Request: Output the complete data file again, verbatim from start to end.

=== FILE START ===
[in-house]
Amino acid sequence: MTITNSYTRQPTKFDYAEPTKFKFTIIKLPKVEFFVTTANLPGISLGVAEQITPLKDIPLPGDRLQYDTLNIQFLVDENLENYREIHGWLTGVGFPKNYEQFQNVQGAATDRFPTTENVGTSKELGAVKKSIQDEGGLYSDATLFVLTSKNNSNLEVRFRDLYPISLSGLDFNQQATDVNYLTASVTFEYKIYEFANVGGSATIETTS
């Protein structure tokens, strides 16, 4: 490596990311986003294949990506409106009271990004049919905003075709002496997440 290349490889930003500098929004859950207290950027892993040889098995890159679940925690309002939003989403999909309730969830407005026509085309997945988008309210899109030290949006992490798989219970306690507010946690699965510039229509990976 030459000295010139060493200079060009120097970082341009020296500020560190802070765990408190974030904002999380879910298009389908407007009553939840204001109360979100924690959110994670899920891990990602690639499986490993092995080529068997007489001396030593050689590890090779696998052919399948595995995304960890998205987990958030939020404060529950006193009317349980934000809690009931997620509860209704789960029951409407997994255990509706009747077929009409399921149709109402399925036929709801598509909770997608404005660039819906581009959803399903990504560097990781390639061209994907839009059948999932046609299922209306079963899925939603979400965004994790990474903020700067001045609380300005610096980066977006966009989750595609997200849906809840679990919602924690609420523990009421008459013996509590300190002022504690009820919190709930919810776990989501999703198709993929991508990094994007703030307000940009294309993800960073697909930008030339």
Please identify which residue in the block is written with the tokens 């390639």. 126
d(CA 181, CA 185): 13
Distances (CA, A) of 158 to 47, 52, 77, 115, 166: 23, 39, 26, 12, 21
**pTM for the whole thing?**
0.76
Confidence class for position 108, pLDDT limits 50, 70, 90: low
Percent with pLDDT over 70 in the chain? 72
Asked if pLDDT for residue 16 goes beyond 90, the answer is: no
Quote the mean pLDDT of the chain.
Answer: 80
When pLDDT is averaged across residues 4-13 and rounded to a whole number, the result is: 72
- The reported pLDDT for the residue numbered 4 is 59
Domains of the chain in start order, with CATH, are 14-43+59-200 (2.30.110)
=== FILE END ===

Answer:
[in-house]
Amino acid sequence: MTITNSYTRQPTKFDYAEPTKFKFTIIKLPKVEFFVTTANLPGISLGVAEQITPLKDIPLPGDRLQYDTLNIQFLVDENLENYREIHGWLTGVGFPKNYEQFQNVQGAATDRFPTTENVGTSKELGAVKKSIQDEGGLYSDATLFVLTSKNNSNLEVRFRDLYPISLSGLDFNQQATDVNYLTASVTFEYKIYEFANVGGSATIETTS
């Protein structure tokens, strides 16, 4: 490596990311986003294949990506409106009271990004049919905003075709002496997440 290349490889930003500098929004859950207290950027892993040889098995890159679940925690309002939003989403999909309730969830407005026509085309997945988008309210899109030290949006992490798989219970306690507010946690699965510039229509990976 030459000295010139060493200079060009120097970082341009020296500020560190802070765990408190974030904002999380879910298009389908407007009553939840204001109360979100924690959110994670899920891990990602690639499986490993092995080529068997007489001396030593050689590890090779696998052919399948595995995304960890998205987990958030939020404060529950006193009317349980934000809690009931997620509860209704789960029951409407997994255990509706009747077929009409399921149709109402399925036929709801598509909770997608404005660039819906581009959803399903990504560097990781390639061209994907839009059948999932046609299922209306079963899925939603979400965004994790990474903020700067001045609380300005610096980066977006966009989750595609997200849906809840679990919602924690609420523990009421008459013996509590300190002022504690009820919190709930919810776990989501999703198709993929991508990094994007703030307000940009294309993800960073697909930008030339």
Please identify which residue in the block is written with the tokens 């390639």. 126
d(CA 181, CA 185): 13
Distances (CA, A) of 158 to 47, 52, 77, 115, 166: 23, 39, 26, 12, 21
**pTM for the whole thing?**
0.76
Confidence class for position 108, pLDDT limits 50, 70, 90: low
Percent with pLDDT over 70 in the chain? 72
Asked if pLDDT for residue 16 goes beyond 90, the answer is: no
Quote the mean pLDDT of the chain.
Answer: 80
When pLDDT is averaged across residues 4-13 and rounded to a whole number, the result is: 72
- The reported pLDDT for the residue numbered 4 is 59
Domains of the chain in start order, with CATH, are 14-43+59-200 (2.30.110)